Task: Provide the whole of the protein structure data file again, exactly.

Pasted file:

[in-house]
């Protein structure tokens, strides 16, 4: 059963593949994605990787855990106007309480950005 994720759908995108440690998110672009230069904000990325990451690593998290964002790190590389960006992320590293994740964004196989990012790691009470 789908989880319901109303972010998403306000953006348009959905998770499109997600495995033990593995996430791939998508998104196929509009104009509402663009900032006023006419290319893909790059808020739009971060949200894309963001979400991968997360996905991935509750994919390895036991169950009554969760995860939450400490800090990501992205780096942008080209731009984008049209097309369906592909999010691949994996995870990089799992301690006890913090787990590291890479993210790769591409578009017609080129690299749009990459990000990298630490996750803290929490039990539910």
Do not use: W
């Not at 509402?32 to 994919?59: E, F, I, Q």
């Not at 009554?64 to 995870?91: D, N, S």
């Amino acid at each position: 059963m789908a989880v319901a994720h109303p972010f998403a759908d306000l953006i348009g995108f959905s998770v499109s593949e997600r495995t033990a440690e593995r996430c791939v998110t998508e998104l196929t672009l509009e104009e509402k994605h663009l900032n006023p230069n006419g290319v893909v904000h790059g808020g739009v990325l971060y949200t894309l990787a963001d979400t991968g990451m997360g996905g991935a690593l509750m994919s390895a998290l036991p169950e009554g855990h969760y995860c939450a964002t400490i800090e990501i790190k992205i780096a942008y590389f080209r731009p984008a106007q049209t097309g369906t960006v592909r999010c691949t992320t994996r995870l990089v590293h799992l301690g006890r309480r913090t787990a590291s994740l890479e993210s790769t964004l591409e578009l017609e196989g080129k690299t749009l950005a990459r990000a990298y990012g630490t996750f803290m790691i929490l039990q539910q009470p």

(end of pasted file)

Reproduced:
[in-house]
């Protein structure tokens, strides 16, 4: 059963593949994605990787855990106007309480950005 994720759908995108440690998110672009230069904000990325990451690593998290964002790190590389960006992320590293994740964004196989990012790691009470 789908989880319901109303972010998403306000953006348009959905998770499109997600495995033990593995996430791939998508998104196929509009104009509402663009900032006023006419290319893909790059808020739009971060949200894309963001979400991968997360996905991935509750994919390895036991169950009554969760995860939450400490800090990501992205780096942008080209731009984008049209097309369906592909999010691949994996995870990089799992301690006890913090787990590291890479993210790769591409578009017609080129690299749009990459990000990298630490996750803290929490039990539910």
Do not use: W
């Not at 509402?32 to 994919?59: E, F, I, Q």
């Not at 009554?64 to 995870?91: D, N, S």
């Amino acid at each position: 059963m789908a989880v319901a994720h109303p972010f998403a759908d306000l953006i348009g995108f959905s998770v499109s593949e997600r495995t033990a440690e593995r996430c791939v998110t998508e998104l196929t672009l509009e104009e509402k994605h663009l900032n006023p230069n006419g290319v893909v904000h790059g808020g739009v990325l971060y949200t894309l990787a963001d979400t991968g990451m997360g996905g991935a690593l509750m994919s390895a998290l036991p169950e009554g855990h969760y995860c939450a964002t400490i800090e990501i790190k992205i780096a942008y590389f080209r731009p984008a106007q049209t097309g369906t960006v592909r999010c691949t992320t994996r995870l990089v590293h799992l301690g006890r309480r913090t787990a590291s994740l890479e993210s790769t964004l591409e578009l017609e196989g080129k690299t749009l950005a990459r990000a990298y990012g630490t996750f803290m790691i929490l039990q539910q009470p």